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Public-private partnership to restore historic Hawaii trail

By Associated Press

LAST UPDATED: 05:04 a.m. HST, Jun 19, 2013

KAULUA-KONA » The National Park Service with the help of state and local partners will spend the summer restoring a historic Hawaii path.

West Hawaii Today reported that work will begin in about two weeks on Kiholo-Puako Trail, known as the "King's Trail."

The western Big Island trail is part of the 175-mile Ala Kahakai, or "trail by the sea." The trail linked communities, temples and fishing areas.

A 2006 earthquake damaged masonry causeways on the trail. Curbing along the side collapsed and made the trail vulnerable to erosion.

The project is in the Ala Kahakai National Historical Trail corridor within the Kiholo State Park Reserve. The park service will use $195,000 in cultural resource funds for the project.

Rick Gmirkin, an archaeologist for the trail, said the trail will honor and mimic its original style once work on it is completed.

Kuulei Keakealani, who is from the area near the trail, led a special ceremony to bless the start of the project. She said it's important that people return to the trails.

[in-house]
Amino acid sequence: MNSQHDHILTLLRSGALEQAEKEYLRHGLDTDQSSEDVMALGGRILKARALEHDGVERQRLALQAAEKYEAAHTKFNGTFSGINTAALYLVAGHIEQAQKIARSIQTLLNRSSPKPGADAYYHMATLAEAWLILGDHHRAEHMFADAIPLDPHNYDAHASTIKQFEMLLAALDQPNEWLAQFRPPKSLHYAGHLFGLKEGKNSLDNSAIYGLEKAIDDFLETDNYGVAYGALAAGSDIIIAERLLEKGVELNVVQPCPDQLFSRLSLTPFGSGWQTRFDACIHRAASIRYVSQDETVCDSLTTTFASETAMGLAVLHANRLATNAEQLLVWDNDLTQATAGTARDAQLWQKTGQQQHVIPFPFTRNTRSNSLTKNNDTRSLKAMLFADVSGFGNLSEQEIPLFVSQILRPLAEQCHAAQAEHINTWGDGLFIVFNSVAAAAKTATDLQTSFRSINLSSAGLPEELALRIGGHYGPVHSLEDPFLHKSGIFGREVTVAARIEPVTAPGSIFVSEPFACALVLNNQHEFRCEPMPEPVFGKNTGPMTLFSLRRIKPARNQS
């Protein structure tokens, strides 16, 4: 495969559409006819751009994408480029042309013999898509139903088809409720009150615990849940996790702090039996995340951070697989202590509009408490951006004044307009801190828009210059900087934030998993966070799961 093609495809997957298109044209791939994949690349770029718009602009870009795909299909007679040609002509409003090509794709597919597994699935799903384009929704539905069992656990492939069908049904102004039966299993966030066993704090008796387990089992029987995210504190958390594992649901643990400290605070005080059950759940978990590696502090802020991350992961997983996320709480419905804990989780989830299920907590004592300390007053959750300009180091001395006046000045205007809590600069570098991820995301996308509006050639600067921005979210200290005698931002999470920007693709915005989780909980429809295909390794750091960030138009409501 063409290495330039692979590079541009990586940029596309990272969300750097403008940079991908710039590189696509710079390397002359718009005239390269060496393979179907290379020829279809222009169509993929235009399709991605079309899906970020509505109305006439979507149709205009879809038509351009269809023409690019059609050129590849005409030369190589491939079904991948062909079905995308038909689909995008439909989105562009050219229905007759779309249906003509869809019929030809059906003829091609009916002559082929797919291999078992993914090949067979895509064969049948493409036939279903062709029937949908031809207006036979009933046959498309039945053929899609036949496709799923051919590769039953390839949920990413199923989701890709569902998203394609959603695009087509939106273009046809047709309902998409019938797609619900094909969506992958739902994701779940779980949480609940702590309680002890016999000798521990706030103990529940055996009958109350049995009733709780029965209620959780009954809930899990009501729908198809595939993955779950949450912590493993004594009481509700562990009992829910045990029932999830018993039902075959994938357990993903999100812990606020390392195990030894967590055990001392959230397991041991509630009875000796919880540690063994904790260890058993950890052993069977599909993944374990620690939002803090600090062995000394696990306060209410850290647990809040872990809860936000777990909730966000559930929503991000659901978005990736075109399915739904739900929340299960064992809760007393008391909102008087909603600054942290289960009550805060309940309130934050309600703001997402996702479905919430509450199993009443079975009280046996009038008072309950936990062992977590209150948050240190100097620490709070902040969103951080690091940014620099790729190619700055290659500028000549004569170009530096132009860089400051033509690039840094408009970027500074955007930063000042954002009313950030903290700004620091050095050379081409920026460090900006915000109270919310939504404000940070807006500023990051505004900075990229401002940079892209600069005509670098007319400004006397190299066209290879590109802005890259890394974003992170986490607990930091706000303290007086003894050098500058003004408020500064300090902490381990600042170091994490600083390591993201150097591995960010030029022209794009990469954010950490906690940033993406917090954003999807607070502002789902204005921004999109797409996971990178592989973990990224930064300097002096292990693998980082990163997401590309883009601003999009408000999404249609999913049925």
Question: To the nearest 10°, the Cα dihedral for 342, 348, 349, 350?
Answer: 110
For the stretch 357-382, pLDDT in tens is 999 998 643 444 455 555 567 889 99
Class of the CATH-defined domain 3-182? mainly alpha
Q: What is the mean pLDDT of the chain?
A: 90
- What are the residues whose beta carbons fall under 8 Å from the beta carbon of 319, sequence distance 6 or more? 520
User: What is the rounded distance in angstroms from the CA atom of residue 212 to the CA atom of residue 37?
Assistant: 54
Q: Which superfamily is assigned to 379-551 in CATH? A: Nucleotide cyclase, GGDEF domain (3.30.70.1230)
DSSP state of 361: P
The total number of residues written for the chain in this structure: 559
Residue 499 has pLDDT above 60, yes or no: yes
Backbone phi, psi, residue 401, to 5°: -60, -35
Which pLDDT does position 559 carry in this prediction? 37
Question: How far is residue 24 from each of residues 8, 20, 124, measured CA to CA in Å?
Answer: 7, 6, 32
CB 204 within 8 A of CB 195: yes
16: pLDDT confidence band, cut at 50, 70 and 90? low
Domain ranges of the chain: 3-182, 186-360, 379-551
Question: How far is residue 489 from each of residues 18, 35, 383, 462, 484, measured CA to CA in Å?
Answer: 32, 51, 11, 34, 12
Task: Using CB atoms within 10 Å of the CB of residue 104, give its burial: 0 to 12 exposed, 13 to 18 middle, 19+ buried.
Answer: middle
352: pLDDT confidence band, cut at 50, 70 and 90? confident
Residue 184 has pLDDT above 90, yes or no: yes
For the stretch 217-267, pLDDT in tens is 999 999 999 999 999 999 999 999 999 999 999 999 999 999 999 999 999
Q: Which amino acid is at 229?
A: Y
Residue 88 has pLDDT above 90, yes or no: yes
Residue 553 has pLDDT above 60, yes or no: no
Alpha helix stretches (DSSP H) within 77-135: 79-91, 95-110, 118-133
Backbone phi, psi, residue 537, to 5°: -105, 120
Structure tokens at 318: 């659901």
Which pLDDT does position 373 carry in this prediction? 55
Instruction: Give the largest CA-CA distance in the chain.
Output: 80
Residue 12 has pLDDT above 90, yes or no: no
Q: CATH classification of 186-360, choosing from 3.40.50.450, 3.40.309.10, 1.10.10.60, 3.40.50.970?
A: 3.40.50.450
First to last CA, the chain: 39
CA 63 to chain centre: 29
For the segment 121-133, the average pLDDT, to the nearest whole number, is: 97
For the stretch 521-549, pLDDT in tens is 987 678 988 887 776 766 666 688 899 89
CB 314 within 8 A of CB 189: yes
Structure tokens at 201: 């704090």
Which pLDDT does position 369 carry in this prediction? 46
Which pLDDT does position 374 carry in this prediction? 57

"By walking these trails, our footsteps will be felt, our voices heard," she said.

The work will be done by park service employees and volunteer stone masons.

Walter Wong, who is leading the crew, said traditional Hawaiian techniques, including setting and interlocking stones without using mortar, will be used.

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Maili2 wrote:
When family visits me, they always ask about the trails, it seems like visitors really like to explore and it will be nice to offer more options. Keep Hawaii beautiful, so glad our energies going into preserving more nature
on June 19,2013 | 05:47AM
allie wrote:
makes good sense
on June 19,2013 | 06:23AM
SteveToo wrote:
After that how about working on the Kumaipo Trail another ancient Hawaiian trail connecting Makaha and Wai`anae Valleys. Both mauka valleys are on public owned land.
on June 19,2013 | 08:04AM
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